Among Chimpanzees is at once an inspiring chronicle of Merrick’s personal search to learn how chimps are faring across Africa and in captivity, a crucial eyewitness account of a very critical period in their existence, and a rousing call for us to join the efforts to be a voice for the chimpanzees, before it’s too late.


From the Hardcover edition.

Editorial Reviews

From the Publisher
“[A] sobering and cleareyed new book … part memoir, part travelogue and part clarion call to action.” 
New York Times Science Times

“The plight of wild chimpanzees is getting worse by the day, but no one seems to notice. If our closest relatives were to disappear, we'd be losing one of our most valuable connections to nature. Nancy Merrick brings home this message in an engaging first-hand account of the situation on the ground. The book is a must-read for anyone concerned, and comes with proposals that seek to harmonize conservation with human development.”
—Frans de Waal, author of The Bonobo and the Atheist

“This is a fascinating book that presents many delightful and insightful tales about chimpanzees, with all their remarkable individuality, cleverness, intelligence, creativity—their bright flame of consciousness—on display. It is also a passionate book that explains why we are in danger of losing them forever. You will love this book, I know. You will also, I hope, be haunted by it—and perhaps inspired as well, as you learn what people are doing to reverse the trend and save our closest living relatives from extinction.”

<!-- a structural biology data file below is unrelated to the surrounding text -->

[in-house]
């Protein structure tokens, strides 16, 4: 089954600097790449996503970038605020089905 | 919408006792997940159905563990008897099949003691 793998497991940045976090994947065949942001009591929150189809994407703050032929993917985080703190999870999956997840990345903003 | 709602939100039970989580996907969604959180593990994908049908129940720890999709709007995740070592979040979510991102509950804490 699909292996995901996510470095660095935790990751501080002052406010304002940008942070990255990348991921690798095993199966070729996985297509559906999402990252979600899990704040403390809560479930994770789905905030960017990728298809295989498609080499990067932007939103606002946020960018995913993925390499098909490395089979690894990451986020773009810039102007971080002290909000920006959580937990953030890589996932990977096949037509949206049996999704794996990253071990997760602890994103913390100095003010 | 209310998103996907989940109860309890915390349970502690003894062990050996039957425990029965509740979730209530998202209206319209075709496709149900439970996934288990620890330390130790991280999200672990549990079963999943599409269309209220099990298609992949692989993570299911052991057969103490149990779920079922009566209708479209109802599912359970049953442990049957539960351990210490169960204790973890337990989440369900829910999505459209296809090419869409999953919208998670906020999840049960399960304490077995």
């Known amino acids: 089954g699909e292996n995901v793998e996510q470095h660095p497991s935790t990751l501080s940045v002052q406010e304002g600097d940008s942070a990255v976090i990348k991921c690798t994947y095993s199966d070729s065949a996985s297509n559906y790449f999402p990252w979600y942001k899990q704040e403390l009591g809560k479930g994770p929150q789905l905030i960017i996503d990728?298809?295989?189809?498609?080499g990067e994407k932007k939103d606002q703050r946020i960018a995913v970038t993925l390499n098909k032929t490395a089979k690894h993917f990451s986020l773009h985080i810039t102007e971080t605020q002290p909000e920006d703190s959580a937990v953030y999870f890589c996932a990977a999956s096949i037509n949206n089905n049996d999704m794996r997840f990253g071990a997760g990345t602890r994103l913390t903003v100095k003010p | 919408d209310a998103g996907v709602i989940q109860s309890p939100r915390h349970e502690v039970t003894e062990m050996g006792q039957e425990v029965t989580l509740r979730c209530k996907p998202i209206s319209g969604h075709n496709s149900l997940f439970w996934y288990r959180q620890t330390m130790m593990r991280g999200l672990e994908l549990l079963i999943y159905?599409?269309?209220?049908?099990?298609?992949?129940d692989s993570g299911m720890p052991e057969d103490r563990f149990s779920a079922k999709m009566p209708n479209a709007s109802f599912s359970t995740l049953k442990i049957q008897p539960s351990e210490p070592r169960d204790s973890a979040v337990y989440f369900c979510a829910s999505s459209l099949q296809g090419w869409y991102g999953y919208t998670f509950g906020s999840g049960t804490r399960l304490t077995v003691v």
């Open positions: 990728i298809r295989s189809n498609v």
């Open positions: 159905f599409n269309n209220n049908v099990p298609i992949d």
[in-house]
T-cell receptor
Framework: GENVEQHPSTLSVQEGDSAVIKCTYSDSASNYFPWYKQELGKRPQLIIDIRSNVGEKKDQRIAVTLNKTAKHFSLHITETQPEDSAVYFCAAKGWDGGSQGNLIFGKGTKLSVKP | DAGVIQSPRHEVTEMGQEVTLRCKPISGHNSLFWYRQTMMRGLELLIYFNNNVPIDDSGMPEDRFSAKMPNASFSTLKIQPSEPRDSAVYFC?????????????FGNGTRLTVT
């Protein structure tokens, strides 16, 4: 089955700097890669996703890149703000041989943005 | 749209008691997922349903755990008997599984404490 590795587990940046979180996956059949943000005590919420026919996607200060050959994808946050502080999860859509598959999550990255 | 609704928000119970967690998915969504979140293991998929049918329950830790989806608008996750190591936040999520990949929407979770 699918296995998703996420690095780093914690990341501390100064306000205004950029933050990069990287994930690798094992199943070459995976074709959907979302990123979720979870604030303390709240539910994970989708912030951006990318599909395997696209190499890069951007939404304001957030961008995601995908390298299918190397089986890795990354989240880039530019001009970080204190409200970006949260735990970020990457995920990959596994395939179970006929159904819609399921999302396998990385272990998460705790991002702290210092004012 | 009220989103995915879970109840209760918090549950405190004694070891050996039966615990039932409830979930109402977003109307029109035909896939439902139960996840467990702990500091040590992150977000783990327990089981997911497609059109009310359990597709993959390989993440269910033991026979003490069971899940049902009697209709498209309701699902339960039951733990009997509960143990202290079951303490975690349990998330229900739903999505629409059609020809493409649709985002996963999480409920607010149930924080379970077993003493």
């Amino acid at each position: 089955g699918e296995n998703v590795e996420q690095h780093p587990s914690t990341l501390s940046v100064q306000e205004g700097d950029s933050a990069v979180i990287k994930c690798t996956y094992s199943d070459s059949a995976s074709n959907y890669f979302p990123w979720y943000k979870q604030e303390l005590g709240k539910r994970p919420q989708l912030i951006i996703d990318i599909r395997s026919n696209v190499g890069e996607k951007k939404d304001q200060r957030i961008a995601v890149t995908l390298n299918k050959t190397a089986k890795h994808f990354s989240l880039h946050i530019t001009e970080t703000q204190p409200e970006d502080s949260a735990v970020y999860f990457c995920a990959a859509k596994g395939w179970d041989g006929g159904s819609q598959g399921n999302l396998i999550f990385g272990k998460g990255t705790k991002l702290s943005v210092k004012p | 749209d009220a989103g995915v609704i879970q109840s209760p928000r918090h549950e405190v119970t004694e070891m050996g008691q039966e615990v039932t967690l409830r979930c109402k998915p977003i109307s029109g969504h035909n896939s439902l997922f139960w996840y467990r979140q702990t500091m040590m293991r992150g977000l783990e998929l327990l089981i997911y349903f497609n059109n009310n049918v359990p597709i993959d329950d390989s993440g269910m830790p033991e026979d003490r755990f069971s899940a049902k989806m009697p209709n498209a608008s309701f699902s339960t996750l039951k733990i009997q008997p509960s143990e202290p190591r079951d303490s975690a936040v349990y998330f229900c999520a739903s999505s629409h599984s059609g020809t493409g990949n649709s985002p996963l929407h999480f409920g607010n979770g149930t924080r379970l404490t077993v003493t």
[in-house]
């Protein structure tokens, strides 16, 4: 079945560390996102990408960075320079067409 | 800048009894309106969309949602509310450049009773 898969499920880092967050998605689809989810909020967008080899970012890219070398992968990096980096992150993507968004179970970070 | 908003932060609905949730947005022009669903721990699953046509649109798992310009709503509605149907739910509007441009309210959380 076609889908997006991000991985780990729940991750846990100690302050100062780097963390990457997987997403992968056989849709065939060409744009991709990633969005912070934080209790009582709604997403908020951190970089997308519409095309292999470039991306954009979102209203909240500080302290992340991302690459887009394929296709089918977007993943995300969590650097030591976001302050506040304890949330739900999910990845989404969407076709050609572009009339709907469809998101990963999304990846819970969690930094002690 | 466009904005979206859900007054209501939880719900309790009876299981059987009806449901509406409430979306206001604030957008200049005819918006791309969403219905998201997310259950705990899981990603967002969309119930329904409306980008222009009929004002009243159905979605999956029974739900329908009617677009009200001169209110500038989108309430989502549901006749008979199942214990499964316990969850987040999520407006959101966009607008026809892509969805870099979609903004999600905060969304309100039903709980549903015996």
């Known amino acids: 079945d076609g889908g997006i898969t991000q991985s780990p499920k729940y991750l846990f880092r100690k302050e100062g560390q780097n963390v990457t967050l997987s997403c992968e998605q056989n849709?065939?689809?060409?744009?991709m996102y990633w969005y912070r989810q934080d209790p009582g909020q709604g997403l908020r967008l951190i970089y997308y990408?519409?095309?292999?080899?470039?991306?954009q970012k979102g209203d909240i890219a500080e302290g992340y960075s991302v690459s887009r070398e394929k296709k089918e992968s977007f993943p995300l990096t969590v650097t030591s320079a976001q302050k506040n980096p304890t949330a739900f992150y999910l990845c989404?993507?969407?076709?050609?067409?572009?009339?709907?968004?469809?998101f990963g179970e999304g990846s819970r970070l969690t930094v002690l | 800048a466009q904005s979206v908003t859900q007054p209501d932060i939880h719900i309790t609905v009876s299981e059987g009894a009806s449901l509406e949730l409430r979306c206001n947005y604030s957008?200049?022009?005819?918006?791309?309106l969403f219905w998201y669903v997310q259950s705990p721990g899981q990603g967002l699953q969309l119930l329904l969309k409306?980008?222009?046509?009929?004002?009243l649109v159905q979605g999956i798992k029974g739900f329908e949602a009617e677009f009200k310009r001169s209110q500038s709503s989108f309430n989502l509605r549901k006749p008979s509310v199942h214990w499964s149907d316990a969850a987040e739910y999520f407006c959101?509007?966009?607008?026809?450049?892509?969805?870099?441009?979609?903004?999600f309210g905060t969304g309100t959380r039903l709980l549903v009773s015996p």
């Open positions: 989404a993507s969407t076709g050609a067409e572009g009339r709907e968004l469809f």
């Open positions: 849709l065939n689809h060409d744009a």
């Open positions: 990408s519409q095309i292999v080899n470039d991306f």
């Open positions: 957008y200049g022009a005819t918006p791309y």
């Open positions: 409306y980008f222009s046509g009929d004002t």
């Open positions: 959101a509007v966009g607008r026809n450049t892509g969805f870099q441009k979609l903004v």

—Dale Peterson, author of Jane Goodall: The Woman Who Redefined Man

Among Chimpanzees is an important book, documenting the dedicated struggle to ensure our great ape cousins survive in the forests and woodlands of Africa. The author paints a vivid picture of the contrasts between the Africa she encountered when she joined Jane Goodall’s multi-national research team back in 1972, and today’s very different Africa and its growing human population whose needs are central to both the threats and solutions of conservation and sustainable living in the 21st Century.”
—Ian Redmond, Chairman of the Ape Alliance and author of The Primate Family Tree

“Our close relatives, chimpanzees, are the poster animals for the destruction of other beings and their homes. Dr. Nancy Merrick’s outstanding and inspirational book shows clearly why we must all work together to save endangered and imperiled species so that future generations will inherit a planet that’s worth caring about. Those who work on behalf of other species are not ‘the radicals’ who should be silenced, but rather the compassionate people to whom we all must carefully listen and follow. Read and share this most important book.”